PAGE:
The main reason baby clothes are challenging to sort and store, in my opinion, is that no two clothing brands label their clothes the same way, and even clothes of the same size by the same brand can seem wildly different. Of course, we can't really blame the brands -- after all what does a 6-month old look like, anyway, when mine could be 14 pounds and yours could be 20 pounds? So you've got newborn, and 0-3 months, and 3 months, and 3-6 months, and 6 months, and 6-9 months, and 6-12 months, and 9-18 months. I've tried as much as possible to organize Natalie's clothing not so much by what the label says but how the clothes match up to each other. That 0-3 month footed outfit from Naartije Kids is the same size as the 6-month footed outfit from Carter's, so those items are side-by-side in the closet. If you stick to what the label tells you, there's a good chance you'll wind up forgetting about certain articles of clothing and by the time you remember them your baby will have outgrown them.
Here's my assessment of baby clothes so far:
- Clothes that fit for the greatest amount of time: short-sleeve onesies and socks -- these stretch a lot and grow with a baby. Natalie can still wear 3-month onesies but nothing else from the 3-month category.
- Clothes that fit for the least amount of time: footed onesies/sleepers -- so many babies, Natalie included, seem to outgrow the length before the weight.
- Truest-to-size brand: Carter's -- At 8 months Natalie is wearing a combination of 6 and 9 month clothing.
- Runs-on-the-small-side brand: Gap -- Natalie could wear 6-12 months at 4 months.
- Runs-on-the-big-side brand: Circo (from Target) -- Natalie can still fit into a newborn outfit at 8 months.
- Always-seems-mislabeled-regardless-of-brand item: hats -- Natalie has so many hats, most of which she's never worn because they've never fit her. Her head is relatively small, yet which, if any, hat will fit her is a crap shoot.
- Most-amazingly-good-quality-for-the-price brand: H&M, particularly the kimono-style long-sleeve onesies made from organic cotton. These fit so well and the material is so thick.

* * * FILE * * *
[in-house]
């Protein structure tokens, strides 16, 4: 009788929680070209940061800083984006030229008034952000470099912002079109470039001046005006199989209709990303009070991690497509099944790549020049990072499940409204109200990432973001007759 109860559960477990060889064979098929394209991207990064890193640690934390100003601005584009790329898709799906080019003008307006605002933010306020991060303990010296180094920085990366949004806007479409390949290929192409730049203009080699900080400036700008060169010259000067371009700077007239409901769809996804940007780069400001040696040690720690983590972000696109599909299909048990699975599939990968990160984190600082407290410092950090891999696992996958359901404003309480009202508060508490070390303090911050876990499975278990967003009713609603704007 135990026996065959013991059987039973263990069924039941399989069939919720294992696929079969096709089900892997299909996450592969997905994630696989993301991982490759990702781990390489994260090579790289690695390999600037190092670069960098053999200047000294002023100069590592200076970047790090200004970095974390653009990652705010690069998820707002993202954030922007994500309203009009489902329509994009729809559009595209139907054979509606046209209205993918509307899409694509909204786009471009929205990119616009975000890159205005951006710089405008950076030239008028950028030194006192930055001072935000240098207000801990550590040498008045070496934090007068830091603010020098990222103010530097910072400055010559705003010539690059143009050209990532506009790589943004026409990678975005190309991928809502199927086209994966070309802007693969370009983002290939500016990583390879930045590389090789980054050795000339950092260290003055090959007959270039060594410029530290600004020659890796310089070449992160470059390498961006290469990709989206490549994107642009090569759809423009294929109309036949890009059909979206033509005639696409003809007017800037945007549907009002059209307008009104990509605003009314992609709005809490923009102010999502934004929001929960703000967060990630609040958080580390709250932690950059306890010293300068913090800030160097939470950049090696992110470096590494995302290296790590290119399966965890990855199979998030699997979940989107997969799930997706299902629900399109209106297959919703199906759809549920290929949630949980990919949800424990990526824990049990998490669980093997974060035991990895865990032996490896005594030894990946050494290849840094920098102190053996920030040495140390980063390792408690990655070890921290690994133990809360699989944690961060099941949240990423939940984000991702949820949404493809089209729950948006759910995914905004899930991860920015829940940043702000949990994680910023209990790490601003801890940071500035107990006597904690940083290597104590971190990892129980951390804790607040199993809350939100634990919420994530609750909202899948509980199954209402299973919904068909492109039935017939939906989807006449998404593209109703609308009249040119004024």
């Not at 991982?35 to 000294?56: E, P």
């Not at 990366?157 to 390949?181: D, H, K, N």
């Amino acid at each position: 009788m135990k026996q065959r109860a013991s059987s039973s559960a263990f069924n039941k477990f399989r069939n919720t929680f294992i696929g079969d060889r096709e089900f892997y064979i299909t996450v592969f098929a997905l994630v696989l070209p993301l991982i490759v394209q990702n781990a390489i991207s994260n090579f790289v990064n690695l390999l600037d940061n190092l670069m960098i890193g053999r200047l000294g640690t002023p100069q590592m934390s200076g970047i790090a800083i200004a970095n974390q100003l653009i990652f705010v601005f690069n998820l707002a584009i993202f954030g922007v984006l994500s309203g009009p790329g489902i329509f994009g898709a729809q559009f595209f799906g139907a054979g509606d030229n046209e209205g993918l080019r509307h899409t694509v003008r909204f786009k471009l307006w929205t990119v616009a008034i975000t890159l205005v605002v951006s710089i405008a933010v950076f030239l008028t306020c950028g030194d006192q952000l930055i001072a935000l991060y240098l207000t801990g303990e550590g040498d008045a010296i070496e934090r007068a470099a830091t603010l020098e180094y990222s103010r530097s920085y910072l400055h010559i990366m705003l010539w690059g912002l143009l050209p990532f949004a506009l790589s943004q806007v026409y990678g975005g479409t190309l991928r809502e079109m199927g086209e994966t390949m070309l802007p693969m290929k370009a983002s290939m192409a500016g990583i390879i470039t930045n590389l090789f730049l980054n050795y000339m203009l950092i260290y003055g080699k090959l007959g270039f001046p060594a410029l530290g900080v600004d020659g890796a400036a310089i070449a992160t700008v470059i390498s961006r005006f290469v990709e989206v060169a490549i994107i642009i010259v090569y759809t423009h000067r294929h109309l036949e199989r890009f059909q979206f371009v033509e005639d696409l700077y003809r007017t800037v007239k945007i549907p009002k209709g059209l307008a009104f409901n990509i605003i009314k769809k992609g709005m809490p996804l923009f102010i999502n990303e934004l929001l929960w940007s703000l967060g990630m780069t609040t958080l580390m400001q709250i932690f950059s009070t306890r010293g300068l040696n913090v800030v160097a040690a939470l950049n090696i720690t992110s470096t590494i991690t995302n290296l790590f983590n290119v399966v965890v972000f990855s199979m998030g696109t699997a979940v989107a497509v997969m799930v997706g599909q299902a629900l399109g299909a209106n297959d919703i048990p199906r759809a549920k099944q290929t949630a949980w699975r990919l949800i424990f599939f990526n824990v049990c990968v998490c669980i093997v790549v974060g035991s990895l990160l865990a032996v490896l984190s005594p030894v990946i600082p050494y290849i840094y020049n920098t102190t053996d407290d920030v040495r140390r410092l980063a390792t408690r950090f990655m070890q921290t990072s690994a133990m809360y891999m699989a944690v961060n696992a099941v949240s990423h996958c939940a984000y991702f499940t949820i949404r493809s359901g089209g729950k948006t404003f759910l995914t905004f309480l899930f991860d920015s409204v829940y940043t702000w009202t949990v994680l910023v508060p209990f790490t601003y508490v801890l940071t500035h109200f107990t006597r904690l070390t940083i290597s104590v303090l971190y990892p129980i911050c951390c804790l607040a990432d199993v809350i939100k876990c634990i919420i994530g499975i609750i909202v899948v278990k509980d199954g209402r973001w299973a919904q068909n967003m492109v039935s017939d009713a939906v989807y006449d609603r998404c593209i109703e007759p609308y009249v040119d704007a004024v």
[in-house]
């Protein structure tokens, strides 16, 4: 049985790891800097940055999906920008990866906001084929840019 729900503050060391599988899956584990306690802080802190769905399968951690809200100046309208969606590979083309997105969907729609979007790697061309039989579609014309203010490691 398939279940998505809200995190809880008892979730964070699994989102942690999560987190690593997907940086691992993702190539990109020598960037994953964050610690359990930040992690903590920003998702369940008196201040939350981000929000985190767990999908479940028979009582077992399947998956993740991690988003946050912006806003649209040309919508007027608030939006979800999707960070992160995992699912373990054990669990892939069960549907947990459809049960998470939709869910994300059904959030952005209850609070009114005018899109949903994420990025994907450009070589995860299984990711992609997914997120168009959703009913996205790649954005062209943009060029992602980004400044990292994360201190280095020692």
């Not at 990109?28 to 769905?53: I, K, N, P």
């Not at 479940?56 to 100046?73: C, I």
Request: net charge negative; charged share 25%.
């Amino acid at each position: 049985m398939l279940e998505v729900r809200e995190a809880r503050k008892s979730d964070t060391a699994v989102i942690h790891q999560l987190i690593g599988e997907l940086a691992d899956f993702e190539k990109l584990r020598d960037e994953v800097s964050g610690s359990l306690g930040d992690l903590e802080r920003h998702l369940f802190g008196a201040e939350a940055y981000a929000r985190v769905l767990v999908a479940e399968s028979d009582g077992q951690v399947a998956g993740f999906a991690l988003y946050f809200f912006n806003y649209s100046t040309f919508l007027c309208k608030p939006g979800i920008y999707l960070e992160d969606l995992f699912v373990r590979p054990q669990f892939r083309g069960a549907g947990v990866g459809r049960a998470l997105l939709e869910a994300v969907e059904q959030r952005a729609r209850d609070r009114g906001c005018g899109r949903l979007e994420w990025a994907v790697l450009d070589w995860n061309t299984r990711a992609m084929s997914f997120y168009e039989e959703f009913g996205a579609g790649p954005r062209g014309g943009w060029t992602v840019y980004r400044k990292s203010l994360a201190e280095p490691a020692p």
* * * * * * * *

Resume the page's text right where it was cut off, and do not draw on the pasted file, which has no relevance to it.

- Most-versatile clothes: casual dresses -- turn them into tunics with jeggings when they become too short and you've got one stylin' baby girl.
When faced with a pile of baby clothes, most of which Natalie has outgrown but some of which are toddler-sized hand-me-downs or gifts, I had to devise a system. In reading online about what other people have done I had visions of a garage full of plastic bins of baby clothes divided into tons of different categories. But most people who have elaborate systems also have at least five children -- a basketball-team's brood. We did not need anything complicated.
For now we have two piles that go into two bins: girl and gender neutral. I imagine as Natalie grows we'll have fewer gender-neutral items and more girl items, but for now this seems like a good way to get started. If we have another kid or we loan out/give away clothes, we've already reduced our workload by half just knowing if the clothes are for a girl or either sex. Right now each bin contains two piles of outgrown clothes and one pile of toddler clothes, with room to spare for the 6-month summer clothes and more that will be making their way into the bins shortly.
Now that we've freed up some dresser drawer space I've tried to better organize the clothes that she can still wear now and the clothes she'll be fitting into soon. Baby clothes seem to fall into a number of categories, especially because so many tops and bottoms come together as outfits (when does this trend stop -- with teenagers?). Natalie can still rock some 3-6 month clothes, primarily onesies, but everything else is 6 months or above. I figured I'd keep all the up to 12-month clothes out in her closet and in her dresser and not in the bins so I don't make the mistake of forgetting about any clothes that could fit her in the near future.